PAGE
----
and processes they should watch out for and
A. Prepare to be more connected than ever before. We
are really just at the beginning of the computing
revolution – we won’t see that perspective for a few
years. Microsoft is introducing a user-centric
architecture and set of XML Web services, Microsoft
.NET My Services. .NET My Services will make it
easier to integrate the silos of information that
exist today. .NET My Services is oriented around
people, instead of around a specific device,
application, service, or network. It puts users in
control of their own data and information,
protecting personal information and providing a new
level of ease of use and personalization. .NET My
Services takes advantage of the Microsoft .NET-based
technologies and architecture that make it possible
for applications, devices, and services to work
together. These services make user consent the basis
for who can access user information, what they can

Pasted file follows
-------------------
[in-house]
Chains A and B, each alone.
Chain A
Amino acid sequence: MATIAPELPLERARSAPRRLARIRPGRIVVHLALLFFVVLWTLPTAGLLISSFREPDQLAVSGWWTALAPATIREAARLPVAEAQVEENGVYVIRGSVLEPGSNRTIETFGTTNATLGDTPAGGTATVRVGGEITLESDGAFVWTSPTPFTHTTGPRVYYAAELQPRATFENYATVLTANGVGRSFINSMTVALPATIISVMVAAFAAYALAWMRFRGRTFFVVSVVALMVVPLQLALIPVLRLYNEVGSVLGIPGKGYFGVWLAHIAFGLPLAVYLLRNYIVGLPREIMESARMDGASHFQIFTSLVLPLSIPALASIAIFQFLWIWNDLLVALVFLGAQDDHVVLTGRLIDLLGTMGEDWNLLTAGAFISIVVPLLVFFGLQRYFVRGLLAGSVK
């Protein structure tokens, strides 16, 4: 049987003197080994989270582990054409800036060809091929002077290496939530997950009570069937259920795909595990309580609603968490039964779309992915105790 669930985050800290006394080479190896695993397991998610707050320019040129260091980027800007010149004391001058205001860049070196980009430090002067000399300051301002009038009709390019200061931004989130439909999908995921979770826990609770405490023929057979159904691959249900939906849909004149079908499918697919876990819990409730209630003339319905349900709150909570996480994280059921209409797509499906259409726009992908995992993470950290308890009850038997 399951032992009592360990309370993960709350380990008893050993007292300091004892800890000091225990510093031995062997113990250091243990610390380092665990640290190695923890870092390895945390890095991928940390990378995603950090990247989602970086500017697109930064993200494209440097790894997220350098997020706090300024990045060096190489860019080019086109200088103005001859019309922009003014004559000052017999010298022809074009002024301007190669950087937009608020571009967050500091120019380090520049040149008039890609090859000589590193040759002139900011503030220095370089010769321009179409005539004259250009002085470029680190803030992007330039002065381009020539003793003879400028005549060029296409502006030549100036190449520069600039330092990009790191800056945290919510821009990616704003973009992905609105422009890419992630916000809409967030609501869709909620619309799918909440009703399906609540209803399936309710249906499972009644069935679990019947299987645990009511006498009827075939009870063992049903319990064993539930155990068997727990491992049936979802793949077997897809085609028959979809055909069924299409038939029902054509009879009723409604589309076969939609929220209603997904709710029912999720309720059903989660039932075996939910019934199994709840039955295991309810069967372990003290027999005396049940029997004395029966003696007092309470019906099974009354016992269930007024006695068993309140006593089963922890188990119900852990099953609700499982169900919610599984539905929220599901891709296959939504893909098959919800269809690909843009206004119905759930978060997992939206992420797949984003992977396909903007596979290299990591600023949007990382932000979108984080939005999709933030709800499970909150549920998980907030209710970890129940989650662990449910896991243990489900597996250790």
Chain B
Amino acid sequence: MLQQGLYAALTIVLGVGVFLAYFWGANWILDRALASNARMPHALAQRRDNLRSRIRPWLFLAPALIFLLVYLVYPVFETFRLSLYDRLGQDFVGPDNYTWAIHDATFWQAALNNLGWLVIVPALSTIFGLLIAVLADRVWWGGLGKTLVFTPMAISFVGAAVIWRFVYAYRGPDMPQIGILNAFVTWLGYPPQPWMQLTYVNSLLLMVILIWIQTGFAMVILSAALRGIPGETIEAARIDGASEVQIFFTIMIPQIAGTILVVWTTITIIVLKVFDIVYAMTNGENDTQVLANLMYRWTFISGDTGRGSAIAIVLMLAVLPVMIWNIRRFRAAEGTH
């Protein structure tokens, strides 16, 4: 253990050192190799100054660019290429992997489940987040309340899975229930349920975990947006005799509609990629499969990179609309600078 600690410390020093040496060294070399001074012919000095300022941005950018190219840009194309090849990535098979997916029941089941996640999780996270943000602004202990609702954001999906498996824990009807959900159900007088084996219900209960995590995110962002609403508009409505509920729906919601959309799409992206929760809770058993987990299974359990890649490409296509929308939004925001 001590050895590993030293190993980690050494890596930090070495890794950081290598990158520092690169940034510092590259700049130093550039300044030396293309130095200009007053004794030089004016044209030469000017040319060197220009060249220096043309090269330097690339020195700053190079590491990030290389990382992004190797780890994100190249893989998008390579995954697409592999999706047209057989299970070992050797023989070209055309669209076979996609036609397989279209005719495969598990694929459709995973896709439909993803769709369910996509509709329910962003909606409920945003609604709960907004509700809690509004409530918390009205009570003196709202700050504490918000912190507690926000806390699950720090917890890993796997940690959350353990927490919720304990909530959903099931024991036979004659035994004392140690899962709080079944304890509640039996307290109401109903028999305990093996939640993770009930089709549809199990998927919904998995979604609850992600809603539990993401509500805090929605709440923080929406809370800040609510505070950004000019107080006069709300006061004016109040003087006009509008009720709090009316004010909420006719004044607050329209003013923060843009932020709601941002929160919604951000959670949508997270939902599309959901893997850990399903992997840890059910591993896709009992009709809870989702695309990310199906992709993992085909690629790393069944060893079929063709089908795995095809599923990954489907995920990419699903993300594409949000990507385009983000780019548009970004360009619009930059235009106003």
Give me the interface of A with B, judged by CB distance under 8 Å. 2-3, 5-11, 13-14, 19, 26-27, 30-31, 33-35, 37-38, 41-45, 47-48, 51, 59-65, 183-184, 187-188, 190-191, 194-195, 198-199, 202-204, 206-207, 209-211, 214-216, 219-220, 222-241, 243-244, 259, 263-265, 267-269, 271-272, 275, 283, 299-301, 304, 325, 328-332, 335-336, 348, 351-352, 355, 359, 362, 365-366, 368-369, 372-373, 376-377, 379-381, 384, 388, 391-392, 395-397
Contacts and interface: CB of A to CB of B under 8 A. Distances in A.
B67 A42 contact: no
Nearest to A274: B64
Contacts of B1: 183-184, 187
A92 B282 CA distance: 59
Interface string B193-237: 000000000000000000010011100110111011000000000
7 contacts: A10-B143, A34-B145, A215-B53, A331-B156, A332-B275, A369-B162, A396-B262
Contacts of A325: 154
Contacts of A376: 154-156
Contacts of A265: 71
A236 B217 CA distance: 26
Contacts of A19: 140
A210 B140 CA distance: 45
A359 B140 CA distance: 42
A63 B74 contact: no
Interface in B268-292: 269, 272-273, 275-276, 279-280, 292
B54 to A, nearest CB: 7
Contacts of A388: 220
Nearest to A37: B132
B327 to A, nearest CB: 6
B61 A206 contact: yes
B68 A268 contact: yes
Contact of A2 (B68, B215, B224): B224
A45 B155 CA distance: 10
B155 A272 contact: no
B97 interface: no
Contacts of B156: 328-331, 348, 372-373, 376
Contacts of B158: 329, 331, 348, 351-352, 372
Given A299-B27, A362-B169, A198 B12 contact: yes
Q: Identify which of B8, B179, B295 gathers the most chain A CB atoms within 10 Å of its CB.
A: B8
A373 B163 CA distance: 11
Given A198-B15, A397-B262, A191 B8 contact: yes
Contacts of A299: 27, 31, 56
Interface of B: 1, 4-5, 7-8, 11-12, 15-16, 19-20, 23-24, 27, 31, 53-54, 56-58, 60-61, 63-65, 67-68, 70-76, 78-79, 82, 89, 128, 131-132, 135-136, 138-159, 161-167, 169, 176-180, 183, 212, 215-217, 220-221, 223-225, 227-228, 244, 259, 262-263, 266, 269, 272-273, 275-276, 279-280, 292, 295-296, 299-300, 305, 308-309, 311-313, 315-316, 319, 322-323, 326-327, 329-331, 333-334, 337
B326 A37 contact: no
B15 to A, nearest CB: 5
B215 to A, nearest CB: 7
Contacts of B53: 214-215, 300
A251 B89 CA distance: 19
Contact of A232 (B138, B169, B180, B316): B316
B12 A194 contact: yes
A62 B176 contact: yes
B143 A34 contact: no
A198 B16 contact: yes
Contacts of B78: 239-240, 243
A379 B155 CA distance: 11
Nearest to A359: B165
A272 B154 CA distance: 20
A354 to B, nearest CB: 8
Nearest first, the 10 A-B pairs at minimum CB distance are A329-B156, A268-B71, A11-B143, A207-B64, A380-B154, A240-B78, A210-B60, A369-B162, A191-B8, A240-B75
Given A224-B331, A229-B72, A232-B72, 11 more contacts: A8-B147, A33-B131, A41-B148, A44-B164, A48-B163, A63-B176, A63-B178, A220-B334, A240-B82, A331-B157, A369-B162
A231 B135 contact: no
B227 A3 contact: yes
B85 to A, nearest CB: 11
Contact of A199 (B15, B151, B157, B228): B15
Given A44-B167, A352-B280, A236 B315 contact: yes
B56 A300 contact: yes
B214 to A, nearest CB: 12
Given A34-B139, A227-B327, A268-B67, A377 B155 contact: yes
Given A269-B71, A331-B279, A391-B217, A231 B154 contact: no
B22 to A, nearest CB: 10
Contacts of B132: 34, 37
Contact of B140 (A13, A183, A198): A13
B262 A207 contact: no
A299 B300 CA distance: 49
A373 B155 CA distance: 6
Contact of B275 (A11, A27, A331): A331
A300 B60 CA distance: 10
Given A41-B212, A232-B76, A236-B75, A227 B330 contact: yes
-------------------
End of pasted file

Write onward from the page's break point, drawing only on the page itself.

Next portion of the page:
do with it, and how long they have permission. Look
around your desk right now – can all of your devices
share information? Can you access the same data from
each device? Do you stand in line for anything? How
many devices do you currently interact with that are
automated but really not that intelligent?
Q: If you were doing the interview, what two
interview questions would you ask of someone in your
A. 1. What importance do you attach to how people
get the job done vs. what they get done and is that
reflected across your organization? 2. What is the
greatest motivating factor for you personally?
Q: It’s a blank slate, what added comments would you
like to give?
A. We have a robust foundation for IT business
success here in Canada. I would encourage anyone who
is interested in pursuing a career in the area of
IT, to remain positive in the face of current
economic and social challenges. Technology is an
exciting field where young Canadians can explore
many rewarding careers. We are only at the very
beginning of an incredibly impactful time – if you
are excited by what computers might be able to do,
then you may have the unique opportunity to do what
you love and make it a gratifying career.